Over the past year we have heard much of the possibility of nuclear energy in the small town farming country of northern Alberta. To date, public discussion has been dominated by entrepreneurs proposing the construction of nuclear plants to provide energy for oil sands development and Alberta’s general electricity needs, as well as by those adamantly opposing the use of nuclear energy. Is there middle ground?
Eric Williams lived and worked with nuclear energy for 35 years at the Bruce Nuclear Power Generating Station in rural Ontario, some 200km from Toronto on the shores of Lake Huron. The Bruce nuclear power complex is the world’s second biggest consisting of eight reactor units with total generating capacity of 6200 MWe. Recently retired, Eric will present his perspective on the benefits and problems associated with nuclear energy.
What are the lessons for Albertans from past nuclear projects? What opportunities and challenges lie ahead?
Speakers: Eric Williams, President, Canadian Nuclear Society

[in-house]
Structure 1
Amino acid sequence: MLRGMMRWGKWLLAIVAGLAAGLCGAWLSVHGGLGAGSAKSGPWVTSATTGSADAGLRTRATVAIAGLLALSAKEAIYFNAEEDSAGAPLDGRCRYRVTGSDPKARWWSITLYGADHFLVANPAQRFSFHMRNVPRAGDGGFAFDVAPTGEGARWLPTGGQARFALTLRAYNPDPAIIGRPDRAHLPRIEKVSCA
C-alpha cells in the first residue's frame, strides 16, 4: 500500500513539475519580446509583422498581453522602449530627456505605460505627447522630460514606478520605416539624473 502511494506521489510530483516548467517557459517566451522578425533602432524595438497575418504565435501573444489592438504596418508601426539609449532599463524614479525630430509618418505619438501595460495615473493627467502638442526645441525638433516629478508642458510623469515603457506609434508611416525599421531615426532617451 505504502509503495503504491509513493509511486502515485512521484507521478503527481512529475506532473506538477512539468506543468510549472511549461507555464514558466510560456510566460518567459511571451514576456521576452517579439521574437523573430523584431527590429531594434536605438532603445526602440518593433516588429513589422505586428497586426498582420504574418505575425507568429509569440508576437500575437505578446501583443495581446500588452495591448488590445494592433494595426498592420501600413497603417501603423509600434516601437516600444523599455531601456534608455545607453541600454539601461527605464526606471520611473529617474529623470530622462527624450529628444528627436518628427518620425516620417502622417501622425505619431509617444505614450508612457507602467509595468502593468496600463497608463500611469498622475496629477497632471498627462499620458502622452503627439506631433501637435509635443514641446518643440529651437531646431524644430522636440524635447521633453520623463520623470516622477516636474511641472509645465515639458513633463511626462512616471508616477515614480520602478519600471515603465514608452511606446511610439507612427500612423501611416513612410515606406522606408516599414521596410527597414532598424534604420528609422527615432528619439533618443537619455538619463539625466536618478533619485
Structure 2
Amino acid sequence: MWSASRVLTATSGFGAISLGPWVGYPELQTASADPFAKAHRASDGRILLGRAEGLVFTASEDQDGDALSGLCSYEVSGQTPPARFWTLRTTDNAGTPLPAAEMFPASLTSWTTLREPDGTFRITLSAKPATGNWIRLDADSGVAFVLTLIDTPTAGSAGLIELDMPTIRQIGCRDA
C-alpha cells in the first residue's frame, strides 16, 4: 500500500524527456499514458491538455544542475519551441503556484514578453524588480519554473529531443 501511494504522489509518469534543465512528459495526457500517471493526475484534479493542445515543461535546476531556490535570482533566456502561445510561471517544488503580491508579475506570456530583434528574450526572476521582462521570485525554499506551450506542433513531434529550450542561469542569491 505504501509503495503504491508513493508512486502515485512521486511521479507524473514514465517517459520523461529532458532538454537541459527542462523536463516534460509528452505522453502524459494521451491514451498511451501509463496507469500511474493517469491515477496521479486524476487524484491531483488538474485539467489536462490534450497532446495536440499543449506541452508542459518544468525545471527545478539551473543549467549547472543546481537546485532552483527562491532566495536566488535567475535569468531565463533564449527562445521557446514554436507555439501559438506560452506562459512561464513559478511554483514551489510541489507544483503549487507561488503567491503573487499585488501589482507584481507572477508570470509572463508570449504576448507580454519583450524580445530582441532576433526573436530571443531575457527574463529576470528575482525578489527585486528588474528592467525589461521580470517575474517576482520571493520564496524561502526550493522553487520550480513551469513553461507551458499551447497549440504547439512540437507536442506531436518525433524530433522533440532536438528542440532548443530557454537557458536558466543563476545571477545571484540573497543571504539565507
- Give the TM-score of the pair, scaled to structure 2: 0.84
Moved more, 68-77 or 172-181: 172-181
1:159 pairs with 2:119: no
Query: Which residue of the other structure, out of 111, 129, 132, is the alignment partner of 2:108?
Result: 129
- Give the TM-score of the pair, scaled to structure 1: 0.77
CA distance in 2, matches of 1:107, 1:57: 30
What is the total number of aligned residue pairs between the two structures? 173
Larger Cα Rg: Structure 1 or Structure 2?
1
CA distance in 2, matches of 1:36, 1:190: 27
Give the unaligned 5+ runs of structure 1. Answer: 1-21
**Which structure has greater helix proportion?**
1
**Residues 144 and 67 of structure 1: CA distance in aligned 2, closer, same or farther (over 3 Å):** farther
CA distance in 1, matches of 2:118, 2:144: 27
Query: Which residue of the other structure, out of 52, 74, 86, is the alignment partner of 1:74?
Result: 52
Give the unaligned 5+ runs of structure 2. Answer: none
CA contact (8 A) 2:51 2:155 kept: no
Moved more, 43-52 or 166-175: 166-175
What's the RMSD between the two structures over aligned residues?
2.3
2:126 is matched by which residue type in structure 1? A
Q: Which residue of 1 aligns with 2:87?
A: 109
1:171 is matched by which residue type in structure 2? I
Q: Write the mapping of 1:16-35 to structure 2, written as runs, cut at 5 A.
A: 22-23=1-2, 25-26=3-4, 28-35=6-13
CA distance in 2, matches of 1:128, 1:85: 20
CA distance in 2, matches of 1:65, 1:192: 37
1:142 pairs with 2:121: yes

Eric is a Professional Engineer (Ontario), and holds a Master of Applied Science Degree in Mechanical Engineering from the University of Waterloo. He is the President of the Canadian Nuclear Society, which is dedicated to the exchange of information in the field of applied nuclear science and technology. Society members are individuals directly involved in or interested in the use and development of nuclear science and technology.
Eric is also a Lay Reader for the Anglican Church of Canada, an active Scouts Canada leader, and an ardent canoe tripper and past president of Paddle Canada. He and his wife of 40 years continue to live near the Bruce Nuclear site and have two children, now grown up and away.
Moderator: Duane Pendergast
Date/Time: Thursday, 25 October 2007, Noon - 1:30 PM
Location: Ericksen’s Family Restaurant (lower level of The Keg) 1715 Mayor Magrath Dr. S.
Cost: $10.00 (includes lunch)